Domestic violence has risen since the start of the pandemic, reports Simon Allin, Local Democracy Reporter
Progress has been made in ensuring local services designed to tackle domestic abuse “support all communities” and are “easily accessible”, according to an Enfield Council report.
During the past two years, the council has launched a domestic abuse hub, set up a scheme to encourage perpetrators to change their behaviour, and used communication campaigns aimed at preventing abuse by challenging the attitudes that foster it.
According to the report, which was presented to the council’s equalities board on Wednesday by head of community safety Andrea Clemons, demand for services was higher during the Covid-19 pandemic and delivery “often more difficult”.
Andrea told the meeting the council had secured around £300,000 from the Mayor’s Office for Policing and Crime to continue its perpetrators programme after a successful pilot, following a joint funding bid alongside Barnet and Brent councils.
The project, set to run until July next year, allows perpetrators of abuse to voluntarily access a programme to help them change their behaviour, rather than doing so in response to a court ruling.
She said: “The idea of is that we will work with perpetrators from communities which may be marginalised for a variety of reasons, and we will will also work in an intersectional way with the families to make sure we are addressing domestic abuse in an appropriate way and recognising some of the pressures that may exist in terms of gender, culture or other factors.”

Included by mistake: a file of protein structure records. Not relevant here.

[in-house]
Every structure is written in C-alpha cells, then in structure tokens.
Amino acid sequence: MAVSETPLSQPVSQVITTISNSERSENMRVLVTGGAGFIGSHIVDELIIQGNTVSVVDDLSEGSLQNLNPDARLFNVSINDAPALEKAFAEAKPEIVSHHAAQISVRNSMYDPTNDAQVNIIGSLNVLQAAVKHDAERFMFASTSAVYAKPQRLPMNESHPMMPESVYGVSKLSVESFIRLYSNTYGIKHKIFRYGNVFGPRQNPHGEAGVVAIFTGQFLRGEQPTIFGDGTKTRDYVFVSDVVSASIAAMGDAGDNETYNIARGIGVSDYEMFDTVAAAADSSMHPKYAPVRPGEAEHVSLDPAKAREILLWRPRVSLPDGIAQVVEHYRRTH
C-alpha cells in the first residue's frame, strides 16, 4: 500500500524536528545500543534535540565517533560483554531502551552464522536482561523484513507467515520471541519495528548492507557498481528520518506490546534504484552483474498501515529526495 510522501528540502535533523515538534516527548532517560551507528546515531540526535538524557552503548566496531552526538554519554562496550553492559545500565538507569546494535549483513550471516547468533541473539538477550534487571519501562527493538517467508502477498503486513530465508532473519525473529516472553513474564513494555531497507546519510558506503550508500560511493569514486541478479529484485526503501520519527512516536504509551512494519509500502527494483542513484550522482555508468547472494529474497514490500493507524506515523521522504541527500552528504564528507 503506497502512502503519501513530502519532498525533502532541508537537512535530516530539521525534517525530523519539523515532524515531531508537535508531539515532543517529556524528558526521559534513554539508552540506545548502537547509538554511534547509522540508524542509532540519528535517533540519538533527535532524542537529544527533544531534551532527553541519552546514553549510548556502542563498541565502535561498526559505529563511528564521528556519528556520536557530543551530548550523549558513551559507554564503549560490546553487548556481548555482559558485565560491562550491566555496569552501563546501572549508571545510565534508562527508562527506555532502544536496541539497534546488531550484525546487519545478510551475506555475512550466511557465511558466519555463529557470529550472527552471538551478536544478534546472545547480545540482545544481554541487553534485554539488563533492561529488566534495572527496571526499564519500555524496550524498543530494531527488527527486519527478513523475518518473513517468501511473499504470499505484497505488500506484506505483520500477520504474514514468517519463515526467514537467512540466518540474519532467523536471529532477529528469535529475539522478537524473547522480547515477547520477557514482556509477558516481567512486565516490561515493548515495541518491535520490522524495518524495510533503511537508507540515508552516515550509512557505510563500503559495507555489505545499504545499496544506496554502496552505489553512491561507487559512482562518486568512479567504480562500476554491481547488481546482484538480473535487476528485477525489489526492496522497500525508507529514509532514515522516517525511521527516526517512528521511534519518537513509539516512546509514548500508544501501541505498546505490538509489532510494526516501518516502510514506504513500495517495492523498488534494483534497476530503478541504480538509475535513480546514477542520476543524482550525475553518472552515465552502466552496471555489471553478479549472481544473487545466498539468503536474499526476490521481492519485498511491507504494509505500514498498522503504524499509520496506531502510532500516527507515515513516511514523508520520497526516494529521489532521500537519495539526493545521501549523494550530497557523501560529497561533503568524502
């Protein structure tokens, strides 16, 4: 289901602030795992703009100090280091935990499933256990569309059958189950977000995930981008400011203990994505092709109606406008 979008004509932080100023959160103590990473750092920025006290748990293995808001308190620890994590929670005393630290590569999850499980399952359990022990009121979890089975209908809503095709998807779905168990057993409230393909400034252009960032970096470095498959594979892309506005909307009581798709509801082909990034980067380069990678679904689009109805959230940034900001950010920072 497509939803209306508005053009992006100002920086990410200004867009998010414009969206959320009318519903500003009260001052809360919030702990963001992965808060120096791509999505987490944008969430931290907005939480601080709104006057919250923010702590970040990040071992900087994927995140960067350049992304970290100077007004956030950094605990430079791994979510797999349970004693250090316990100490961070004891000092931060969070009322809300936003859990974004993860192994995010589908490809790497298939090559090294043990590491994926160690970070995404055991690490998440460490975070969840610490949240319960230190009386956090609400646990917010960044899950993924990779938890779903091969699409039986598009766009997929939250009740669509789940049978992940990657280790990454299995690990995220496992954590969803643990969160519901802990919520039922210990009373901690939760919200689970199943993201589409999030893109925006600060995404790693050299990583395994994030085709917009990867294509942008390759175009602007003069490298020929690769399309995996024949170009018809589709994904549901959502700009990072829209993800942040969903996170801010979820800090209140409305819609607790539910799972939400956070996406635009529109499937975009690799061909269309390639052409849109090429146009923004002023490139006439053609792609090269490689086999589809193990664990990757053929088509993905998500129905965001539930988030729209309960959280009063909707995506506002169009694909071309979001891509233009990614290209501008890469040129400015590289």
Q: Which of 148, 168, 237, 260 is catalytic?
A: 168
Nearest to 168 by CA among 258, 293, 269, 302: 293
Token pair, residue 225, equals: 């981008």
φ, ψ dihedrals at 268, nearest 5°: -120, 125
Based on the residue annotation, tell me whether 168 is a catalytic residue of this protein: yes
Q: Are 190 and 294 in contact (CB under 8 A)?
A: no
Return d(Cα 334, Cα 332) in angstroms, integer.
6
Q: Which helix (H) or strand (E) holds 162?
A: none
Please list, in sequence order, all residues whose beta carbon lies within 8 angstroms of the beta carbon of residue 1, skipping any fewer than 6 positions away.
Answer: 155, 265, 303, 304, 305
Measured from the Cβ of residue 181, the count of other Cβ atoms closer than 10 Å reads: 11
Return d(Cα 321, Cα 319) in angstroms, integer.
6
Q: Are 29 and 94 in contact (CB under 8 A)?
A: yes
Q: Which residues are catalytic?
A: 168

The Enfield Domestic Abuse Hub was launched in May last year in response to concerns over increasing domestic abuse incidents during the Covid-19 pandemic. Its helpline continues to operate during weekdays between 9am and 5pm.
Andrea told councillors that the hub had improved the service provided to those contacting it. It has received 242 contacts since its launch, and the council aims to keep it running beyond the end of the pandemic.
The head of community safety added that recent communications campaigns included a project run with Enfield Youth Parliament. Focused on challenging inappropriate behaviour, it has been shared on social media platforms.
Responding to a question from Conservative councillor Lindsay Rawlings, Andrea said the council also had access to a helpline for male victims of domestic abuse.
Labour’s Ayfer Orhan asked how the council could identify and help “invisible” groups of people who were not speaking out about the abuse they faced because they were fearful of coming forward – perhaps because people would not listen or believe them.
Andrea said it was important to repeat the message that people could be confident help is available for them. Adding that many women may be frightened to leave abusive relationships, she stressed the importance of providing good homes and “opportunities with well-paid jobs”.
The head of community safety told the meeting the council was also looking at working with faith groups to help tackle domestic abuse. Labour’s Ergin Erbil suggested holding a community meeting with faith leaders, as well as working with organisations such as Age UK and Healthwatch Enfield.